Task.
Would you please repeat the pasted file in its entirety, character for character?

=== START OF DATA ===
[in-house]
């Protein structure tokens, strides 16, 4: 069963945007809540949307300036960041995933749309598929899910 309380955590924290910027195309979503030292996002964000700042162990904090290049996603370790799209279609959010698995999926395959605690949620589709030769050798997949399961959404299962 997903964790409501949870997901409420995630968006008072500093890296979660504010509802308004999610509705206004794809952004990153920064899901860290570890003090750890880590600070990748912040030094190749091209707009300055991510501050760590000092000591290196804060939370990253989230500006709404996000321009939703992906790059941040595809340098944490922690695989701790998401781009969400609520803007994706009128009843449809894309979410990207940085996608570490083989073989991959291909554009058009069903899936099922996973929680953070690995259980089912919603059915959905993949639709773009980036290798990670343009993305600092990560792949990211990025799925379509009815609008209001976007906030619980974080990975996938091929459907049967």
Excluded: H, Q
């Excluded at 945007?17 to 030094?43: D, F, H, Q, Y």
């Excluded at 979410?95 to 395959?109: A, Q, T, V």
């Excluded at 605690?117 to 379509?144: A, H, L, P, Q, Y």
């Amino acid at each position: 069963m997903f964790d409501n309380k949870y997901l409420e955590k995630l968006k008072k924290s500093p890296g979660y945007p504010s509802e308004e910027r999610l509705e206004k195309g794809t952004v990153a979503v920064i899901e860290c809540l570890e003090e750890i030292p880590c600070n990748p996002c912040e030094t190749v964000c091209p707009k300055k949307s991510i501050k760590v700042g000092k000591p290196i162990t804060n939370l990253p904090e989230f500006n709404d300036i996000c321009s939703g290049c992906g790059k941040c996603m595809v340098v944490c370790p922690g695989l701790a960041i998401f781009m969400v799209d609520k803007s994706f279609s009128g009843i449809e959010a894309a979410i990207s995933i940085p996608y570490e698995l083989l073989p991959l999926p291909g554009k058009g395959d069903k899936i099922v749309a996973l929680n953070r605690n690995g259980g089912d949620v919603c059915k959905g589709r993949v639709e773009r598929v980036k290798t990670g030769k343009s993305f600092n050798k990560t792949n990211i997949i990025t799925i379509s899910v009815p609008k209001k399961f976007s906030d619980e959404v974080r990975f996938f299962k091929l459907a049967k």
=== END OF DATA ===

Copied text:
[in-house]
């Protein structure tokens, strides 16, 4: 069963945007809540949307300036960041995933749309598929899910 309380955590924290910027195309979503030292996002964000700042162990904090290049996603370790799209279609959010698995999926395959605690949620589709030769050798997949399961959404299962 997903964790409501949870997901409420995630968006008072500093890296979660504010509802308004999610509705206004794809952004990153920064899901860290570890003090750890880590600070990748912040030094190749091209707009300055991510501050760590000092000591290196804060939370990253989230500006709404996000321009939703992906790059941040595809340098944490922690695989701790998401781009969400609520803007994706009128009843449809894309979410990207940085996608570490083989073989991959291909554009058009069903899936099922996973929680953070690995259980089912919603059915959905993949639709773009980036290798990670343009993305600092990560792949990211990025799925379509009815609008209001976007906030619980974080990975996938091929459907049967």
Excluded: H, Q
């Excluded at 945007?17 to 030094?43: D, F, H, Q, Y």
């Excluded at 979410?95 to 395959?109: A, Q, T, V």
């Excluded at 605690?117 to 379509?144: A, H, L, P, Q, Y």
């Amino acid at each position: 069963m997903f964790d409501n309380k949870y997901l409420e955590k995630l968006k008072k924290s500093p890296g979660y945007p504010s509802e308004e910027r999610l509705e206004k195309g794809t952004v990153a979503v920064i899901e860290c809540l570890e003090e750890i030292p880590c600070n990748p996002c912040e030094t190749v964000c091209p707009k300055k949307s991510i501050k760590v700042g000092k000591p290196i162990t804060n939370l990253p904090e989230f500006n709404d300036i996000c321009s939703g290049c992906g790059k941040c996603m595809v340098v944490c370790p922690g695989l701790a960041i998401f781009m969400v799209d609520k803007s994706f279609s009128g009843i449809e959010a894309a979410i990207s995933i940085p996608y570490e698995l083989l073989p991959l999926p291909g554009k058009g395959d069903k899936i099922v749309a996973l929680n953070r605690n690995g259980g089912d949620v919603c059915k959905g589709r993949v639709e773009r598929v980036k290798t990670g030769k343009s993305f600092n050798k990560t792949n990211i997949i990025t799925i379509s899910v009815p609008k209001k399961f976007s906030d619980e959404v974080r990975f996938f299962k091929l459907a049967k």